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#3844: This Week in Haiti 18:10 5/24/00 (fwd)

"This Week in Haiti" is the English section of HAITI PROGRES
newsweekly. For information on other news in French and Creole,
please contact the paper at (tel) 718-434-8100, (fax)
718-434-5551 or e-mail at <editor@haiti-progres.com>.
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                           HAITI PROGRES
              "Le journal qui offre une alternative"

                      * THIS WEEK IN HAITI *

                         May 24 - 30, 2000
                          Vol. 18, No. 10


The Lavalas Family (FL), the party headed by former president
Jean-Bertrand Aristide, has swept Haiti's legislative and
municipal elections throughout most of the country, according to
a highly placed electoral official, who asked to remain

That outcome was augured by random exit polls conducted by
journalists at various voting stations (BVs) around Haiti during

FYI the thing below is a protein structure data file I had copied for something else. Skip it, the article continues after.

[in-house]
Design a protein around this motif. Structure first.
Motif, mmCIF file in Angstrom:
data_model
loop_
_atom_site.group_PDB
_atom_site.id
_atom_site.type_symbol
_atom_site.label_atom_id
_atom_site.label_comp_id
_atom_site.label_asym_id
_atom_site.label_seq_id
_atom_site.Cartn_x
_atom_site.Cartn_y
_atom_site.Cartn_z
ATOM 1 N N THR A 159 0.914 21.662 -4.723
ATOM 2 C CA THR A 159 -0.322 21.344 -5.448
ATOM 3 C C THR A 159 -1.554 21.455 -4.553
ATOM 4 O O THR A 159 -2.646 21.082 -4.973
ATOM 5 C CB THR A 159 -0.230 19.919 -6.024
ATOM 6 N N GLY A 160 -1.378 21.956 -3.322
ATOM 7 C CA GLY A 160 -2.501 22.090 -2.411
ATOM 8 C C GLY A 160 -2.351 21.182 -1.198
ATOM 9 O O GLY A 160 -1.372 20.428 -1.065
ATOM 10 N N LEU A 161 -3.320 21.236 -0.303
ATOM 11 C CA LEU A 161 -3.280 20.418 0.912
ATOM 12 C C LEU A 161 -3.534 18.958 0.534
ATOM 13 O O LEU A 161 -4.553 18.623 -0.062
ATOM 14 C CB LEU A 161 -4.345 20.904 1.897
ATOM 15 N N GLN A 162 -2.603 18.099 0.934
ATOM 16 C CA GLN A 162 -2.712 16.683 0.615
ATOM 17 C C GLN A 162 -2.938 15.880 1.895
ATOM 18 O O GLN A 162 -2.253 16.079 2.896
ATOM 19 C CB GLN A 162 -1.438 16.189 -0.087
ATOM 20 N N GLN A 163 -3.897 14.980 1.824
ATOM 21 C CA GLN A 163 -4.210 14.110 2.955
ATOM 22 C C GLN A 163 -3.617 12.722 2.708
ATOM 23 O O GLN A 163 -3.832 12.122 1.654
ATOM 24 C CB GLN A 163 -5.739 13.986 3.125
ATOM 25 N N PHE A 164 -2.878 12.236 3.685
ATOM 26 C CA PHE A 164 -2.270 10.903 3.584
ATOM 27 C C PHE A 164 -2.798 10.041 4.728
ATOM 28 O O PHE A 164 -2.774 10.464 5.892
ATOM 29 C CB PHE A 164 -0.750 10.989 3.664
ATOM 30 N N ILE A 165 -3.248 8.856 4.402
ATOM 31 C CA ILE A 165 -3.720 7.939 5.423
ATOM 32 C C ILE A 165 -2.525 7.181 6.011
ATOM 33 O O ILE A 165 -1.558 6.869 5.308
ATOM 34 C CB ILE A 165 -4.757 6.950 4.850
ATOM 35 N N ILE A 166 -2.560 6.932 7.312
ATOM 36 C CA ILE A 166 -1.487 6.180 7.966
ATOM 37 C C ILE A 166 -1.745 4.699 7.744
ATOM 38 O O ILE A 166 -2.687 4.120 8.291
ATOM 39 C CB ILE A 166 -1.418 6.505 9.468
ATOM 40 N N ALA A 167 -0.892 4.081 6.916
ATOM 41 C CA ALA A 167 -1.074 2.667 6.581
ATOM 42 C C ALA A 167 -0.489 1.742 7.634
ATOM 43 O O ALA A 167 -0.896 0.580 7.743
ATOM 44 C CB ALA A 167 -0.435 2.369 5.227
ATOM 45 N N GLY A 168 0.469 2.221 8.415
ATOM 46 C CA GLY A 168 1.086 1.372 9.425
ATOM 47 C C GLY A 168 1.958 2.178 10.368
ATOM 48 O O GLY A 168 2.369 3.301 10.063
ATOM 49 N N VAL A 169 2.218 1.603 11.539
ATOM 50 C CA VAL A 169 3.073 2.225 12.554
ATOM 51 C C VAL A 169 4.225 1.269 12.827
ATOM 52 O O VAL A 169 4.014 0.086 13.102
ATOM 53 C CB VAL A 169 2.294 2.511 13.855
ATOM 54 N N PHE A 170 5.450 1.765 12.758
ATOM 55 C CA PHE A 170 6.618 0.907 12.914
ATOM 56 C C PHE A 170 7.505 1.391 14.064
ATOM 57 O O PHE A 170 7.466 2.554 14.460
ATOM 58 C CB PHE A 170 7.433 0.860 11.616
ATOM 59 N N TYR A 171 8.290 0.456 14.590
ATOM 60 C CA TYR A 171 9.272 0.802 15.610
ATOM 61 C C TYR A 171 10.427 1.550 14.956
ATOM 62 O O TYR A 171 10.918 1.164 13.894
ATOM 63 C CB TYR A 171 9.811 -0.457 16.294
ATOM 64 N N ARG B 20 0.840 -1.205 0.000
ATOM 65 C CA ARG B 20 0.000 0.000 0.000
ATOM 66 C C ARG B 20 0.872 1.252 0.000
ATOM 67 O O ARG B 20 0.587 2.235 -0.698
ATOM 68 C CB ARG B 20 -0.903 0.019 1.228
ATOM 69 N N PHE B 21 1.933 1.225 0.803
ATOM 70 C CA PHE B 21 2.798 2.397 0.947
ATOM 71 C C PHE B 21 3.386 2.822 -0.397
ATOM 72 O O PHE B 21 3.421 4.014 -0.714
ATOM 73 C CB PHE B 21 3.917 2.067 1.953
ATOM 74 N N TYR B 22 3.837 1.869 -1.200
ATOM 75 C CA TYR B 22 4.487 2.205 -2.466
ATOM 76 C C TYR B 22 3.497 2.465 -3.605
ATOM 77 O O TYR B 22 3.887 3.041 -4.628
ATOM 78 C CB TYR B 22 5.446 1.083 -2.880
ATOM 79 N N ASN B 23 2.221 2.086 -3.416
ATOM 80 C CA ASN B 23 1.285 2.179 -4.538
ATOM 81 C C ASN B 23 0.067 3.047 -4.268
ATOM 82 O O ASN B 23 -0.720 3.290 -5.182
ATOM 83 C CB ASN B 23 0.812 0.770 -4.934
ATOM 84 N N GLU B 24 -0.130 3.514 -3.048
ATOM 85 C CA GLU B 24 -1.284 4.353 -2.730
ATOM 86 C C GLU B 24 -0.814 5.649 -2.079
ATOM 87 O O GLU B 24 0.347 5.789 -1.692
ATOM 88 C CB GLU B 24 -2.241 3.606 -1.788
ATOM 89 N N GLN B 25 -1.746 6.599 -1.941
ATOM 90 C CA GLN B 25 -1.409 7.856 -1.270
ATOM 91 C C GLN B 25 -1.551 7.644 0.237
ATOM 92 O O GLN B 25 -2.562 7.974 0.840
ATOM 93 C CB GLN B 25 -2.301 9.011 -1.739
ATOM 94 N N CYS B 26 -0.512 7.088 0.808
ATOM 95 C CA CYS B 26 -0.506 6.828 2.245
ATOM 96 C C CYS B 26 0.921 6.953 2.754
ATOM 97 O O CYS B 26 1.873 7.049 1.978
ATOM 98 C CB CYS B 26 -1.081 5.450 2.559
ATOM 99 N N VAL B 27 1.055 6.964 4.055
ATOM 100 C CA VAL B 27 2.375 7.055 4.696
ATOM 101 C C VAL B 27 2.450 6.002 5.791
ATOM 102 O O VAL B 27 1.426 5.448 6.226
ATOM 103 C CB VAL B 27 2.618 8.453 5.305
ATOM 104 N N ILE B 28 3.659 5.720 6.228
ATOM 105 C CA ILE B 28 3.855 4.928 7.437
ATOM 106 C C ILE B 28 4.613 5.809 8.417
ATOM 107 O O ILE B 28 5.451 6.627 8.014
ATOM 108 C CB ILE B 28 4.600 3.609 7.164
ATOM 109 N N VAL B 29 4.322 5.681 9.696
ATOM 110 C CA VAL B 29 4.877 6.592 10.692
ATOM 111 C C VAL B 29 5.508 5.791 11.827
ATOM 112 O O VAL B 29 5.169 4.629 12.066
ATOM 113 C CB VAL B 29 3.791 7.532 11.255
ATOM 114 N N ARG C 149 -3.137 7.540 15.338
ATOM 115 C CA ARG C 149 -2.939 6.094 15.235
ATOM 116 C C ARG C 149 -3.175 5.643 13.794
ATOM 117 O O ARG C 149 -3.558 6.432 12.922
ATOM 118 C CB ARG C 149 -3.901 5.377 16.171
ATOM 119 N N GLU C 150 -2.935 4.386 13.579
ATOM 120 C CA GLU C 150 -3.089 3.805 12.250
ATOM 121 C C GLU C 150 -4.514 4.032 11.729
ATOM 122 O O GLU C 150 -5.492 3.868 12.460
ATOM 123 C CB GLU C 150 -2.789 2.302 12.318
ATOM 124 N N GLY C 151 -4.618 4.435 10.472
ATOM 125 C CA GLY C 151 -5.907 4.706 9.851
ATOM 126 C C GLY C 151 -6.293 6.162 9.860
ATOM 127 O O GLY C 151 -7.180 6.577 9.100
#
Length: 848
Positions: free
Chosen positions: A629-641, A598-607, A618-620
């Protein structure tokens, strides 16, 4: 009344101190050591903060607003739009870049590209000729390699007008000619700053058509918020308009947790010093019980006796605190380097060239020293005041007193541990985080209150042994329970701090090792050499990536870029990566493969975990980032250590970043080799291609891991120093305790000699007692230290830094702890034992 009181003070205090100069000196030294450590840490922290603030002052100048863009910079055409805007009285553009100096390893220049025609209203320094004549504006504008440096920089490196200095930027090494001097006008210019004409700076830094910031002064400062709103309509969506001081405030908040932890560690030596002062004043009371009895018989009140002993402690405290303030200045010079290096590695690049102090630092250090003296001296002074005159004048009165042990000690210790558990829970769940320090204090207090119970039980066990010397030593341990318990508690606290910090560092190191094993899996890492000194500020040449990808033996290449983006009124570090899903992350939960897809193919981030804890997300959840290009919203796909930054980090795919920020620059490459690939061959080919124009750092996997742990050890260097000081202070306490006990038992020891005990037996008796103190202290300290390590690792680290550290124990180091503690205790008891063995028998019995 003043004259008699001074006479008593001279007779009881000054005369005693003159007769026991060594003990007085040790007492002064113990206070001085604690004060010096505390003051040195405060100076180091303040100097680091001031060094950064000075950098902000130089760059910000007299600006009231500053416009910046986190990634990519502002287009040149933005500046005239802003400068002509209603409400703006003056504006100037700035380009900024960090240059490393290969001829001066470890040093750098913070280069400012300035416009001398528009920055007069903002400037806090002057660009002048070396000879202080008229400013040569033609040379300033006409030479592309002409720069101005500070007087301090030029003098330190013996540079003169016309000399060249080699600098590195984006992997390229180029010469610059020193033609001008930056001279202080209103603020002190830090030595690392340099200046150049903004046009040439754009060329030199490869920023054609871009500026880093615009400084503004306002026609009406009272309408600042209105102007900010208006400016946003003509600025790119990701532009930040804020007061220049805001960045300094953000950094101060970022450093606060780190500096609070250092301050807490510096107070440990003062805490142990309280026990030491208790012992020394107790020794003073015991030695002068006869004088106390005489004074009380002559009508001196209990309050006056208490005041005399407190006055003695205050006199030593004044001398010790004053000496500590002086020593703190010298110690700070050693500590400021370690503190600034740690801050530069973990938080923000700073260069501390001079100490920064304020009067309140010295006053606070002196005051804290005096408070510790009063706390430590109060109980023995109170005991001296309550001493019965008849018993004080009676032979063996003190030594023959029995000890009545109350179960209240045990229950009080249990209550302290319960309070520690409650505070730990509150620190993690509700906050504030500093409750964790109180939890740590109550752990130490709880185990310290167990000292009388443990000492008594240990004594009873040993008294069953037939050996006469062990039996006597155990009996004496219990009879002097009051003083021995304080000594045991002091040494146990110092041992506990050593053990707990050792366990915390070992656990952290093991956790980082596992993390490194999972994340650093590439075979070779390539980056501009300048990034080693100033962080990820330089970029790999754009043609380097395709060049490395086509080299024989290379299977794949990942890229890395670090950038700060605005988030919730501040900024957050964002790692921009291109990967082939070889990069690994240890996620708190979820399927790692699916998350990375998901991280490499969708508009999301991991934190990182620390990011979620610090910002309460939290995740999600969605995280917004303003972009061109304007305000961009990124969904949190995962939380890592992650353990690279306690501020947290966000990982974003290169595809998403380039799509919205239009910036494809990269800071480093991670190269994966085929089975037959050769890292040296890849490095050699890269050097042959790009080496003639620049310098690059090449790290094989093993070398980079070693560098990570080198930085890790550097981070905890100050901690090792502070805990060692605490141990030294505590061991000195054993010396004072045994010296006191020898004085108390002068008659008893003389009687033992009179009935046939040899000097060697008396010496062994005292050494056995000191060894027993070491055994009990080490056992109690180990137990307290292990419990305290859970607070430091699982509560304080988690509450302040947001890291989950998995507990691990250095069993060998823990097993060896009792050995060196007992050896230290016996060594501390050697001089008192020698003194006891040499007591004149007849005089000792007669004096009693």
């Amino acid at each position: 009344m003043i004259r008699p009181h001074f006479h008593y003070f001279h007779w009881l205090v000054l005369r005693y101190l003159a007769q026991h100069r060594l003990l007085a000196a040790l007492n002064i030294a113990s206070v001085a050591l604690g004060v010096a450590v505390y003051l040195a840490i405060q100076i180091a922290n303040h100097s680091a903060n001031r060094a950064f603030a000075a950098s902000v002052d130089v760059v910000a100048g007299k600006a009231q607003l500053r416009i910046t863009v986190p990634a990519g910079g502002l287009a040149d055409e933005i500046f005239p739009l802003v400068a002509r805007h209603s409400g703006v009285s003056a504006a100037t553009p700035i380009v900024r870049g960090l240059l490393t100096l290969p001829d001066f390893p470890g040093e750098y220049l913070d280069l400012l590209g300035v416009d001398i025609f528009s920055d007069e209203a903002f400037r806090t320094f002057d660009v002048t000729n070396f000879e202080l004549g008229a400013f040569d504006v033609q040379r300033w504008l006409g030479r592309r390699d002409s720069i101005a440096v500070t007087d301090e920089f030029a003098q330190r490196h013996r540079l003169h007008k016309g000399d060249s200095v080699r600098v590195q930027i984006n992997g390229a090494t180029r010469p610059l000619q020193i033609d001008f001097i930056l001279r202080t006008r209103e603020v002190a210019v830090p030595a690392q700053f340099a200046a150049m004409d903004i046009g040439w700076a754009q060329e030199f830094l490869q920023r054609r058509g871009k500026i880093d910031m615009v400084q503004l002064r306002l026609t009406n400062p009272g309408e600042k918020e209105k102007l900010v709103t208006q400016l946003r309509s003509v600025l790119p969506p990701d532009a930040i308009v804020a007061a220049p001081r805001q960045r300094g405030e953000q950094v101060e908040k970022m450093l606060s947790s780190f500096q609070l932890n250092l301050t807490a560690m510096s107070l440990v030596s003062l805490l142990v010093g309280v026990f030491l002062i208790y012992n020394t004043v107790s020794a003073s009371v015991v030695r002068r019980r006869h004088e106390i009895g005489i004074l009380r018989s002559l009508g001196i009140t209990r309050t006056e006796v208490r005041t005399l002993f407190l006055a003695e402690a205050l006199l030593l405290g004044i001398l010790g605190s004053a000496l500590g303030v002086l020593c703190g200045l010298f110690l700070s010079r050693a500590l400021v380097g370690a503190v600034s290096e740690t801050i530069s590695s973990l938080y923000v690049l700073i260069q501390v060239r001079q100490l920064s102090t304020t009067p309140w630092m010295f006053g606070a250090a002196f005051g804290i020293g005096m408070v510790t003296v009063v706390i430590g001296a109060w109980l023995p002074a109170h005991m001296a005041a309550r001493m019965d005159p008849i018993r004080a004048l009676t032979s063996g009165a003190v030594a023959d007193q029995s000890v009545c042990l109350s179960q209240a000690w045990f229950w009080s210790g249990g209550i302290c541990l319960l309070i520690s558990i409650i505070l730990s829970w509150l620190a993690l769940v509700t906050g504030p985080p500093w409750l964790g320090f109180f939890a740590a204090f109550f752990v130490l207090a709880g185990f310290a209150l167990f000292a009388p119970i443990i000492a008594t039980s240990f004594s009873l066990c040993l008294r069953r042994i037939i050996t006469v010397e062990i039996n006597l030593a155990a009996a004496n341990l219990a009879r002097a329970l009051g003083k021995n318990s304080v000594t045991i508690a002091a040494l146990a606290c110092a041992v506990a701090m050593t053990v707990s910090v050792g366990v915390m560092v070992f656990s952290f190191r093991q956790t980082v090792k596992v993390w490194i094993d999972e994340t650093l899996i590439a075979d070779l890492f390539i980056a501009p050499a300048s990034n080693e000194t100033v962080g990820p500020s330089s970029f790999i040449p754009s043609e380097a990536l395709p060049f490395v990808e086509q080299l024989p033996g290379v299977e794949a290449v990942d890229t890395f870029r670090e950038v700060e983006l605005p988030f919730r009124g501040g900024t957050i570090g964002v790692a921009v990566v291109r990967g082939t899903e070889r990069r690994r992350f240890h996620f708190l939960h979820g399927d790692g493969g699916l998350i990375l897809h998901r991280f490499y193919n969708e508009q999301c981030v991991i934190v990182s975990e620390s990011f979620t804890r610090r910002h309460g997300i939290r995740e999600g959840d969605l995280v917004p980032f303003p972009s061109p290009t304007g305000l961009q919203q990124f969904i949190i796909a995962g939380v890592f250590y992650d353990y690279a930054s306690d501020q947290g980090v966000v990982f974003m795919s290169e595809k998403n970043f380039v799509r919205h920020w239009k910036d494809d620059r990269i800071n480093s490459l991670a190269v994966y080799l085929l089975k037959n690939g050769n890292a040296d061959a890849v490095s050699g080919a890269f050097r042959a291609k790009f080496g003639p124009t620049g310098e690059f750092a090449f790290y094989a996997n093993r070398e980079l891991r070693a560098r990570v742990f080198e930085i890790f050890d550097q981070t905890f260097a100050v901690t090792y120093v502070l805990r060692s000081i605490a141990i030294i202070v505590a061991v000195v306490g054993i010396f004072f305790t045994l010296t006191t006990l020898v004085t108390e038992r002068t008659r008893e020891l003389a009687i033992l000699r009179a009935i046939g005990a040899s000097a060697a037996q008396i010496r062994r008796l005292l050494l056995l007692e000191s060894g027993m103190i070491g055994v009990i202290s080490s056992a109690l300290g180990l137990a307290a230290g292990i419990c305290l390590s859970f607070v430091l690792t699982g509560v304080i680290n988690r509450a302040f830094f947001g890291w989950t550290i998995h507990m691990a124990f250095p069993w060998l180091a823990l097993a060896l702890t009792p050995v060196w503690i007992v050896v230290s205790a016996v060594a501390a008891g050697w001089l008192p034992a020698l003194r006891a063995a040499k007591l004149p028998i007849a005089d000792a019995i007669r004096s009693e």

the May 21st election. Only in the departments of the Northwest
and Central Plateau did there appear to be doubt that FL
candidates would win most of the posts up for grabs, the
electoral official said.

There may be some surprises too, according to the source. For
instance, it seems likely that Mirlande Manigat, the wife of
former military-installed president Leslie Manigat and candidate
of his National Democratic Patriotic Assembly (RDNP), will win a
Senate seat in the Western department, which includes Port-au-

Due to political struggles, voting in the Grande Anse department,
the westernmost tip of Haiti's lower lip, will not be held until
May 28. The island of Gonâve will also have its elections at a
later date due to political challenges which effectively thwarted
the vote there.

The Provisional Electoral Council (CEP) announced that more than
60% of the four million-odd registered voters turned out to pick
from among 29,490 candidates running to fill the seats of 19
senators, 83 deputies, 133 mayors, and 7000 local assembly
representatives. This is the largest voter participation since
the Dec. 1990 elections which brought Aristide to power.

Many in the FL, along with other progressive parties and popular
organizations, had feared that shortages of electoral cards,
meddling by the U.S. State Department, and election-related
violence would restrict voter participation. This "electoral coup